• Craig Gedey

What does Amazon’s new ‘Top Brand’ feature really mean?

Updated: Oct 15, 2019

Amazon has become such a huge, all-encompassing company that sells all manner of goods around the world, that it has had to come up with ways to distinguish its best quality products from the rest.


What does Amazon’s new ‘Top Brand’ feature really mean?

It’s an enormous marketplace where millions of independent Sellers from all corners of the globe sell their products. Amazon needs to both cut out poorly-performing companies on its platform, and also steer customers toward the brands it knows they’re likely to be satisfied with, or risk them getting overwhelmed and going somewhere else with their hard-earned money.


To do that, they have tried a variety of methods in recent years. They include the product reviews and star ratings that most consumers are now familiar with, and also more confusing ones like ‘Amazon’s Choice’, which has found itself the subject of scrutiny from lawmakers. More of that later.


The latest one is ‘Top Brand’, which even more confusingly is slightly different from the long-standing ‘Top Brands’ search filter. You could still use that method of searching and find products there that do not boast the new ‘Top Brand’ badge bestowed on certain others.


Amazon has gone some way to explaining the difference by pointing out that the new ‘Top Brand’ badge feature is restricted purely to clothes, accessories and luggage, while the ‘Top Brands’ search filter covers the entire marketplace. One example being that not all women’s belts are found within the fashion category, so they’re not eligible for the ‘Top Brand’ badge, even though Amazon might consider them to be Top Brands generally.


So then what actually is a ‘Top Brand’ - which is still in the testing stage? Amazon have kept relatively tight-lipped about the system, simply saying that the badge “highlights the brands customers love”, without saying how that is determined.


A recent survey of four Amazon experts tried to get to the bottom of how Amazon works the more long-standing ‘Top Brands’ search filter - and each came up with different theories.


The website wired.com reported: “Fred Dimyan, the CEO of Potoo Solutions, a firm that consultants with ecommerce companies, says Amazon takes two factors into consideration when awarding the honor: the amount of products a brand sells and how many different products they offer in the first place. In other words, companies that make a narrow range of goods, but sell a lot of them, are likely to be Top Brands.


“Dave Bryant, an Amazon seller and blogger, thinks the distinction might be related to customers’ overall purchase satisfaction, which can include metrics like how often people returned items.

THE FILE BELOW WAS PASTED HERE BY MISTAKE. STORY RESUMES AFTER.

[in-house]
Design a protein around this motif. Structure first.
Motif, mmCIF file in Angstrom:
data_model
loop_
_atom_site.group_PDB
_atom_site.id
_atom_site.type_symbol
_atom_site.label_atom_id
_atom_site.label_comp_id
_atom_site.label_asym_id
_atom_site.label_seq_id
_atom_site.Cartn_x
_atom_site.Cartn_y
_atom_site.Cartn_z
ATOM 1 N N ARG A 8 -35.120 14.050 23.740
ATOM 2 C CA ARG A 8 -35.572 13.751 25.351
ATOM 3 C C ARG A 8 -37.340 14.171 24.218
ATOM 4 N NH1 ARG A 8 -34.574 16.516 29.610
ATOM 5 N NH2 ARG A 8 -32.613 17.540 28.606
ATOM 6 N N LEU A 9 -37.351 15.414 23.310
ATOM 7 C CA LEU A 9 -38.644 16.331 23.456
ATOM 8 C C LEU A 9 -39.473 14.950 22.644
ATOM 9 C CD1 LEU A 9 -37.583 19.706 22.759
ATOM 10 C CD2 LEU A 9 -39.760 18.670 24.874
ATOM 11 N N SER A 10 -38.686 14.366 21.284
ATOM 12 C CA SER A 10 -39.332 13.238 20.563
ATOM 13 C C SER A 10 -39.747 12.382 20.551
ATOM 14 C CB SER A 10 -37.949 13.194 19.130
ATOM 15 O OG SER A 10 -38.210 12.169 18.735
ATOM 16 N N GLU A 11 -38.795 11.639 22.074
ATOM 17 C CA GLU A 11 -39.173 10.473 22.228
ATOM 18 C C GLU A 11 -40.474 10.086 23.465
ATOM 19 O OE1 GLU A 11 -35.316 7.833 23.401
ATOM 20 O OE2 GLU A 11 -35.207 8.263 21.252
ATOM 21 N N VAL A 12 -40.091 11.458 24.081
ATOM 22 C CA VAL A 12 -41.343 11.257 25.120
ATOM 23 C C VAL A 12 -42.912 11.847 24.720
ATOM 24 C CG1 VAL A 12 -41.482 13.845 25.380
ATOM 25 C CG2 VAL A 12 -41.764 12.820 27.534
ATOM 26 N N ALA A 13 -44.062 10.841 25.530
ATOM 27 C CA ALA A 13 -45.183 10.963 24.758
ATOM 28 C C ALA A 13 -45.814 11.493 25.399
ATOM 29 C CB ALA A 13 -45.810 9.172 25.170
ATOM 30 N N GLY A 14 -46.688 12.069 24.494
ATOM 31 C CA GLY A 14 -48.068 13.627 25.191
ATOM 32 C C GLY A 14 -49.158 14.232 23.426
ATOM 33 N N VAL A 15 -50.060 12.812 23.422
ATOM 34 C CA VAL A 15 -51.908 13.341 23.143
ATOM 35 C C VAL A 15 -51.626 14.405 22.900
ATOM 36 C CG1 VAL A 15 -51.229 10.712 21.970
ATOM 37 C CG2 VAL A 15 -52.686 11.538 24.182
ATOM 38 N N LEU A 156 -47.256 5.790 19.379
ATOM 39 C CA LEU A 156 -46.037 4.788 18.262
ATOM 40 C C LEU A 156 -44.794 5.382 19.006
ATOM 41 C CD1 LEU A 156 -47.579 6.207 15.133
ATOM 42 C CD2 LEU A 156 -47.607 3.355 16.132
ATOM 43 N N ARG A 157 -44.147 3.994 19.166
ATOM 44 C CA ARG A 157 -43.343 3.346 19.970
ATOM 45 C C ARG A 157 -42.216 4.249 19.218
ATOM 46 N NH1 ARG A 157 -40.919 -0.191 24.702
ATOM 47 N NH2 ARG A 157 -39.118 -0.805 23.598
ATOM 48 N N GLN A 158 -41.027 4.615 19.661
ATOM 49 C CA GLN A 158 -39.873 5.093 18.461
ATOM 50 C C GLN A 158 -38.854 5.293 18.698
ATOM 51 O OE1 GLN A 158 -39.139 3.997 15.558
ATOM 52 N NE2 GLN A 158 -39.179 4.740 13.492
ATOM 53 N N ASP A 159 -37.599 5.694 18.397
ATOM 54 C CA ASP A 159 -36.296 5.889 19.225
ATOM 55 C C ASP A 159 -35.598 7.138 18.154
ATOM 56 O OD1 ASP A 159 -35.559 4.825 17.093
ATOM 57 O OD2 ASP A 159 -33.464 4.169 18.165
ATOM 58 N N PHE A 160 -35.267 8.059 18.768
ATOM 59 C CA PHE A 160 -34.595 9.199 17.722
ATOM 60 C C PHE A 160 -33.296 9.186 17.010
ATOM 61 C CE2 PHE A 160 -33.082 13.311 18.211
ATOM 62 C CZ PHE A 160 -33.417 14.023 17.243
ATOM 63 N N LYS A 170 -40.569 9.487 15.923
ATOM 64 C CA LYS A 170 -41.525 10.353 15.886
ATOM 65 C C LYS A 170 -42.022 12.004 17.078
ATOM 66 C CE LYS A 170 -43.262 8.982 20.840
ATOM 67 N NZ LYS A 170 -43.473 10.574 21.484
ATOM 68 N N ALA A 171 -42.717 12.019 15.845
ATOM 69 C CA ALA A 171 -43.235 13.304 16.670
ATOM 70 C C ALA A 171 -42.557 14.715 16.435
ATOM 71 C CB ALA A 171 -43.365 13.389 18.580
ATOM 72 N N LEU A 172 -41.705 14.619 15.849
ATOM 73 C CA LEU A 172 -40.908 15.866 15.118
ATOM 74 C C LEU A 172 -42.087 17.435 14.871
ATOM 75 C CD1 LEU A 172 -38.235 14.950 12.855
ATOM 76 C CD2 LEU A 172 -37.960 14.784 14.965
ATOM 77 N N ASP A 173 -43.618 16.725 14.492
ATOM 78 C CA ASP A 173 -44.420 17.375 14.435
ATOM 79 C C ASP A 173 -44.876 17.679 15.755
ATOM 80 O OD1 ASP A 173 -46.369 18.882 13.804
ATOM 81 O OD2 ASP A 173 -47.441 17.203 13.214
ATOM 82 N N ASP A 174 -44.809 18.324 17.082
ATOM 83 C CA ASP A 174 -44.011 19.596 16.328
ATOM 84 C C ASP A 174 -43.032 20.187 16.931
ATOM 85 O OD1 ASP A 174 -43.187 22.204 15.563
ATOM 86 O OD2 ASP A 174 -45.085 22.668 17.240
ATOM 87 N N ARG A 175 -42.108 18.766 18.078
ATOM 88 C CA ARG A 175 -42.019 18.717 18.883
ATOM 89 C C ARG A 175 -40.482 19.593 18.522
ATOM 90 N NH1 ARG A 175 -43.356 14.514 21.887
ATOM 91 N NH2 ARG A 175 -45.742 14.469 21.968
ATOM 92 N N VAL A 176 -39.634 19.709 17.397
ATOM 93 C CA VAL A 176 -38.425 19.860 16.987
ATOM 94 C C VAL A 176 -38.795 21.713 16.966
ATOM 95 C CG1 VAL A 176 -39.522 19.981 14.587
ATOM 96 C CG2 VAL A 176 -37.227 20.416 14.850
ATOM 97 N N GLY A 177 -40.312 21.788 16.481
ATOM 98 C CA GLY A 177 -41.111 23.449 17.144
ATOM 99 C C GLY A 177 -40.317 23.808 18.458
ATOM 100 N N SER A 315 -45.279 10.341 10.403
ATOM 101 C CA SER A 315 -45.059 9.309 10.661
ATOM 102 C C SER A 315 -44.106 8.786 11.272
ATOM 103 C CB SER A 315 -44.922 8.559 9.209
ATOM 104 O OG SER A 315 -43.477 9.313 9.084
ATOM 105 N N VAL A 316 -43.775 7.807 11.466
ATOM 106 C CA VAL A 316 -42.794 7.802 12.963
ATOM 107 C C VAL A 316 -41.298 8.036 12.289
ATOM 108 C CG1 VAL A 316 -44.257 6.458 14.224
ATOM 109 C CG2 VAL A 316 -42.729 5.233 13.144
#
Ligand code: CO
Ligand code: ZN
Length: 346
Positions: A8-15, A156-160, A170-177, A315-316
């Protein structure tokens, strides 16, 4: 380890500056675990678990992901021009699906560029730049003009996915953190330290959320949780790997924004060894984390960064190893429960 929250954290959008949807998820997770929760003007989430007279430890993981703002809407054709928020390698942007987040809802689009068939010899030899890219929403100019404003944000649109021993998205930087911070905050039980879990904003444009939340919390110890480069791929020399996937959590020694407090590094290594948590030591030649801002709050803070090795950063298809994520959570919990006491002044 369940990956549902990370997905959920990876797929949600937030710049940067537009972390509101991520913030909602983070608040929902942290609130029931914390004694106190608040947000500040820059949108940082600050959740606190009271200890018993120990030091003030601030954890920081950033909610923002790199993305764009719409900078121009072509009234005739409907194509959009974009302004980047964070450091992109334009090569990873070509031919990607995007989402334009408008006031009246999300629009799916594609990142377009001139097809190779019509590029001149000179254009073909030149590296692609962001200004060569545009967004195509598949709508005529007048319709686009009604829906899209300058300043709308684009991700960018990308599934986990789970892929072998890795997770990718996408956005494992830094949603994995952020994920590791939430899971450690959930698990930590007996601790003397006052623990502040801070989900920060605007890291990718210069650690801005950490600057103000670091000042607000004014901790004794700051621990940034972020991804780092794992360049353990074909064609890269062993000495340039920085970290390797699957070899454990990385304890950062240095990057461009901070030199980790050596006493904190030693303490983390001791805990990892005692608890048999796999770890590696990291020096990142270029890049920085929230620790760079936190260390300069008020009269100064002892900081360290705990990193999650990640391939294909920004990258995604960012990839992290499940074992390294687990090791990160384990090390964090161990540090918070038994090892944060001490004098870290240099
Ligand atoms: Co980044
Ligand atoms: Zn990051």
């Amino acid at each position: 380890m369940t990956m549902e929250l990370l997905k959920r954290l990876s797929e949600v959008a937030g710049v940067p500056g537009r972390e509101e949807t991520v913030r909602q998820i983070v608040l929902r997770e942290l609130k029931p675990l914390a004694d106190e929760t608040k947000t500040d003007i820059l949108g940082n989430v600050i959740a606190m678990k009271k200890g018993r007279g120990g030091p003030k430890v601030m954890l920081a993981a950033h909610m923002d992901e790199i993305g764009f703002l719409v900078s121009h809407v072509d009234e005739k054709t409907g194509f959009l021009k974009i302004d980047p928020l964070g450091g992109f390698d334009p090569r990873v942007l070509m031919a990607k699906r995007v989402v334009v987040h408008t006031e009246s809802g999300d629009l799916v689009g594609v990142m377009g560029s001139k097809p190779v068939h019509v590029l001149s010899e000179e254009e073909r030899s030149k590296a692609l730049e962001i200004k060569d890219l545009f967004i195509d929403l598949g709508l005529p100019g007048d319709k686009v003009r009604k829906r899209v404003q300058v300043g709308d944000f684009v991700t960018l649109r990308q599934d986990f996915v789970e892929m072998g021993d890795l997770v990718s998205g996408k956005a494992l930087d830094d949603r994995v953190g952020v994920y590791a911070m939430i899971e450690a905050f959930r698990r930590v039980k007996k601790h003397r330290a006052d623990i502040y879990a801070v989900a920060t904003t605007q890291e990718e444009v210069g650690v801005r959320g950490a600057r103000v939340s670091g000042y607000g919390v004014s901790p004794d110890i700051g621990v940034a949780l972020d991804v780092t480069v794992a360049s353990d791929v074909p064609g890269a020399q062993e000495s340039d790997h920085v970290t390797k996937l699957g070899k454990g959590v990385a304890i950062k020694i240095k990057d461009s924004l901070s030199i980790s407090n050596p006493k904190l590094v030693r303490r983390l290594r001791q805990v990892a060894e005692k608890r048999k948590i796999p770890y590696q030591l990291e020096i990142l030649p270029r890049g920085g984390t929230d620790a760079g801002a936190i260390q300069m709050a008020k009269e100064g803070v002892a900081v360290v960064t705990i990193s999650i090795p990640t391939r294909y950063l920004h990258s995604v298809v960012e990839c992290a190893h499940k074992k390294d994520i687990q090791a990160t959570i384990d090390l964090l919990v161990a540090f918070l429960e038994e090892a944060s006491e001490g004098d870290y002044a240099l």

“James Thomson, a former Amazon employee and a partner at Buy Box Experts, a firm that consults with independent Amazon sellers, says Top Brands likely have high sales volumes and high conversion rates, meaning a lot of people who look at their product listings ultimately choose to buy from them.


“Chris McCabe, another former Amazon employee who now consults with Amazon sellers at eCommerceChris.com, says Top Brands are the highest revenue-earning items in a certain category.”


One thing the experts did agree on was the new ‘Top Brand’ is not a title companies can buy to display on their product listing. Others have speculated that it could be a step towards the kind of verified systems used on leading social media sites like Facebook, Twitter and Instagram. But that seems to ignore the fact that relatively unknown companies have the ‘Top Brand’ badge.


What is certain is that these methods of evaluating products on Amazon has earned the attention of lawmakers in America. In August Senator Bob Menendez and Senator Richard Blumenthal sent a letter to Amazon chief executive Jeff Bezos asking for a detailed explanation on how Amazon’s Choice badge is awarded. That came following a Buzzfeed investigation uncovered that poor-quality items had been handed the label.


Both the Department of Justice and Federal Trade Commission have announced that they are investigating the business practices of online marketplaces, citing Amazon specifically. And another Senator, Elizabeth Warren, publicly expressed concern that Amazon is favouring its own house brands over those from competitors.


Again, Amazon has not responded directly to these concerns, leaving another element of mystery. Perhaps it is time that they clarify exactly how these statuses are being awarded, and why.


Thompson and Holt’s managing partner Craig Gedey has welcomed the move but believes that more clarity would help businesses on Amazon.


He said: “Thompson and Holt would always encourage features that help customers obtain a better service from Amazon.


“However, for Sellers themselves, so more detail on how the system works would certainly be useful so that they can work towards constantly improving standards.”

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